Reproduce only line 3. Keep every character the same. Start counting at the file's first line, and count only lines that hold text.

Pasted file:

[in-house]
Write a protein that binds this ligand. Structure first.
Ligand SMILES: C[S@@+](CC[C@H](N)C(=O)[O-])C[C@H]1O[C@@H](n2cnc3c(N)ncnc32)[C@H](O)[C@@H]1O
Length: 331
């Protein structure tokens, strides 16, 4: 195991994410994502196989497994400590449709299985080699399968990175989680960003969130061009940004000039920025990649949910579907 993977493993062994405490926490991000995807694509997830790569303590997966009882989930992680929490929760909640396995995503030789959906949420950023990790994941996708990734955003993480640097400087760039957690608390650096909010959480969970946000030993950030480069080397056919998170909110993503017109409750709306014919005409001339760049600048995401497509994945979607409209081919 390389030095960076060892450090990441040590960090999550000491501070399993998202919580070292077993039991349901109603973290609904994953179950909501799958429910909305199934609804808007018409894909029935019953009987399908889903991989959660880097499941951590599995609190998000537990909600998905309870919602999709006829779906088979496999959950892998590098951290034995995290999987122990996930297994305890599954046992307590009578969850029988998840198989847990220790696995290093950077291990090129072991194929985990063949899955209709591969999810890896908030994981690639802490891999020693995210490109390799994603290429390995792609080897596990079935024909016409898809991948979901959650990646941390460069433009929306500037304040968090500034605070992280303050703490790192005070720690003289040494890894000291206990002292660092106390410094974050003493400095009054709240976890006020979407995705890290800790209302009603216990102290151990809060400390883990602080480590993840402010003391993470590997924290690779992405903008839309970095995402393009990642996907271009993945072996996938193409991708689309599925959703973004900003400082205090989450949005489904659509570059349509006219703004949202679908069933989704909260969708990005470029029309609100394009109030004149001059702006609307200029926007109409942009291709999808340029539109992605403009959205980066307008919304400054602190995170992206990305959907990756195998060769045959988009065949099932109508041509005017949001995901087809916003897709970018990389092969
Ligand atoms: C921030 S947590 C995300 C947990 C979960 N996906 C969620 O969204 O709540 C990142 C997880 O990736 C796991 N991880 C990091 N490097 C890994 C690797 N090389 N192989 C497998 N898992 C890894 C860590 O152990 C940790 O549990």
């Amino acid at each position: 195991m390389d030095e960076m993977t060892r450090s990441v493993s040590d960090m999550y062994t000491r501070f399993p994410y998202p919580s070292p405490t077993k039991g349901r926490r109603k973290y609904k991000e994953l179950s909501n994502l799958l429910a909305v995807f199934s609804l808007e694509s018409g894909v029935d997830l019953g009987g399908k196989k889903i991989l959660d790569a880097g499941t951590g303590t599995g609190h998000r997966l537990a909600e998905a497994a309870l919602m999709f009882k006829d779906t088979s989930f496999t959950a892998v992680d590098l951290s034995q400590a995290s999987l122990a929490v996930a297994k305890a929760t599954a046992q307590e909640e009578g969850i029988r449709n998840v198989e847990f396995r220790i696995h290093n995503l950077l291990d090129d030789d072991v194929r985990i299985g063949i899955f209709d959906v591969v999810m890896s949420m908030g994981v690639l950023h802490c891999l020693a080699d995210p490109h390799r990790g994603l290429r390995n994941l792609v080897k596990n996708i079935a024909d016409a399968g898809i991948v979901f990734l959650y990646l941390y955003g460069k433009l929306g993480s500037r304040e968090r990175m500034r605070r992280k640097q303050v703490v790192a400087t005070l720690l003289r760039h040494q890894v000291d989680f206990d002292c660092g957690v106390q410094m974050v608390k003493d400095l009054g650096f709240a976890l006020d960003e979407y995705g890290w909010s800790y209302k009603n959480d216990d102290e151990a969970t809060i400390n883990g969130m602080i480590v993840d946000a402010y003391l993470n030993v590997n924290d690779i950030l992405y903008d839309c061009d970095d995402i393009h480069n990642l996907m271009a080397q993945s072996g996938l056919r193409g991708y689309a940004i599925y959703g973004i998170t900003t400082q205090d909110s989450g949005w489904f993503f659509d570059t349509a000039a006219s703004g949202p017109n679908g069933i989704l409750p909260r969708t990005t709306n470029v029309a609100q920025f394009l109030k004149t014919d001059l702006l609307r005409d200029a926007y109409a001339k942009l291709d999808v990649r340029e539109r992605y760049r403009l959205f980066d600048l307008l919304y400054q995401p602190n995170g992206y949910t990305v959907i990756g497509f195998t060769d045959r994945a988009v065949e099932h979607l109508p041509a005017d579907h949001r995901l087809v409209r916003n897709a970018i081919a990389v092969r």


Ligand SMILES: C[S@@+](CC[C@H](N)C(=O)[O-])C[C@H]1O[C@@H](n2cnc3c(N)ncnc32)[C@H](O)[C@@H]1O